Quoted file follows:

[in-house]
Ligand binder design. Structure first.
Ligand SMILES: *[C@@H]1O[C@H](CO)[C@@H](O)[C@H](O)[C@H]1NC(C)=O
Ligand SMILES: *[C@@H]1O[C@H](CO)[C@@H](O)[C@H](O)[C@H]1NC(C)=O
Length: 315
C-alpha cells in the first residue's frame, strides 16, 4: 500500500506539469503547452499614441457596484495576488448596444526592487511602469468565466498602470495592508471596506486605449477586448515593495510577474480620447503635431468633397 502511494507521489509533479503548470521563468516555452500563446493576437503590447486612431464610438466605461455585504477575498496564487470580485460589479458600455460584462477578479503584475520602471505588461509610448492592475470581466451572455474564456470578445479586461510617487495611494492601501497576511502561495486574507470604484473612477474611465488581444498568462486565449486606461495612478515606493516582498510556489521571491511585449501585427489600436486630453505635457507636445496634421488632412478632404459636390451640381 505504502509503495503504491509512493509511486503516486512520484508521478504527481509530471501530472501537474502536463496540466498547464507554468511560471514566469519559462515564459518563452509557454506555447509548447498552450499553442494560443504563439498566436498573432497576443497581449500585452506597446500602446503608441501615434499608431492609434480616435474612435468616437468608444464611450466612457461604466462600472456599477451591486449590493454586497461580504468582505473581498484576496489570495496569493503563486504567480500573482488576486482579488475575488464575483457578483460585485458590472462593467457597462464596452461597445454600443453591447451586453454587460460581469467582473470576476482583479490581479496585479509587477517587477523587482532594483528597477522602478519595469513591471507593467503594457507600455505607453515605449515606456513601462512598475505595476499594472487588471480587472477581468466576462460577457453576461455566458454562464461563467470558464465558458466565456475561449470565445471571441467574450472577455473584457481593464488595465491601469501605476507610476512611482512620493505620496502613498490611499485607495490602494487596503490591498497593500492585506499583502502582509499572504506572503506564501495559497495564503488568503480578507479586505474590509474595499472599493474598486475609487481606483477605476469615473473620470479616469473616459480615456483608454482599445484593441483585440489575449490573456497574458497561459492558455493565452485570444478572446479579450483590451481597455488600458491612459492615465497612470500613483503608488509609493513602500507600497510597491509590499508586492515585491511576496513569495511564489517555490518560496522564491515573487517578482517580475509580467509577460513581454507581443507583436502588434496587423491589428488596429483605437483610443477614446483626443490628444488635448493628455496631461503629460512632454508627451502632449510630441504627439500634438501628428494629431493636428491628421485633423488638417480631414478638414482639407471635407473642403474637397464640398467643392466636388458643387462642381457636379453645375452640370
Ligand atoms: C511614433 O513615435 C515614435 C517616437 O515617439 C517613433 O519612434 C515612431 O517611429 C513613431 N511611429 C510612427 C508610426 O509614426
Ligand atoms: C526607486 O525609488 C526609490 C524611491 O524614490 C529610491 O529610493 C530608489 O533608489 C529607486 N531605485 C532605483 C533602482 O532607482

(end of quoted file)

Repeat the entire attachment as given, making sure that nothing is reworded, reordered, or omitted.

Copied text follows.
[in-house]
Ligand binder design. Structure first.
Ligand SMILES: *[C@@H]1O[C@H](CO)[C@@H](O)[C@H](O)[C@H]1NC(C)=O
Ligand SMILES: *[C@@H]1O[C@H](CO)[C@@H](O)[C@H](O)[C@H]1NC(C)=O
Length: 315
C-alpha cells in the first residue's frame, strides 16, 4: 500500500506539469503547452499614441457596484495576488448596444526592487511602469468565466498602470495592508471596506486605449477586448515593495510577474480620447503635431468633397 502511494507521489509533479503548470521563468516555452500563446493576437503590447486612431464610438466605461455585504477575498496564487470580485460589479458600455460584462477578479503584475520602471505588461509610448492592475470581466451572455474564456470578445479586461510617487495611494492601501497576511502561495486574507470604484473612477474611465488581444498568462486565449486606461495612478515606493516582498510556489521571491511585449501585427489600436486630453505635457507636445496634421488632412478632404459636390451640381 505504502509503495503504491509512493509511486503516486512520484508521478504527481509530471501530472501537474502536463496540466498547464507554468511560471514566469519559462515564459518563452509557454506555447509548447498552450499553442494560443504563439498566436498573432497576443497581449500585452506597446500602446503608441501615434499608431492609434480616435474612435468616437468608444464611450466612457461604466462600472456599477451591486449590493454586497461580504468582505473581498484576496489570495496569493503563486504567480500573482488576486482579488475575488464575483457578483460585485458590472462593467457597462464596452461597445454600443453591447451586453454587460460581469467582473470576476482583479490581479496585479509587477517587477523587482532594483528597477522602478519595469513591471507593467503594457507600455505607453515605449515606456513601462512598475505595476499594472487588471480587472477581468466576462460577457453576461455566458454562464461563467470558464465558458466565456475561449470565445471571441467574450472577455473584457481593464488595465491601469501605476507610476512611482512620493505620496502613498490611499485607495490602494487596503490591498497593500492585506499583502502582509499572504506572503506564501495559497495564503488568503480578507479586505474590509474595499472599493474598486475609487481606483477605476469615473473620470479616469473616459480615456483608454482599445484593441483585440489575449490573456497574458497561459492558455493565452485570444478572446479579450483590451481597455488600458491612459492615465497612470500613483503608488509609493513602500507600497510597491509590499508586492515585491511576496513569495511564489517555490518560496522564491515573487517578482517580475509580467509577460513581454507581443507583436502588434496587423491589428488596429483605437483610443477614446483626443490628444488635448493628455496631461503629460512632454508627451502632449510630441504627439500634438501628428494629431493636428491628421485633423488638417480631414478638414482639407471635407473642403474637397464640398467643392466636388458643387462642381457636379453645375452640370
Ligand atoms: C511614433 O513615435 C515614435 C517616437 O515617439 C517613433 O519612434 C515612431 O517611429 C513613431 N511611429 C510612427 C508610426 O509614426
Ligand atoms: C526607486 O525609488 C526609490 C524611491 O524614490 C529610491 O529610493 C530608489 O533608489 C529607486 N531605485 C532605483 C533602482 O532607482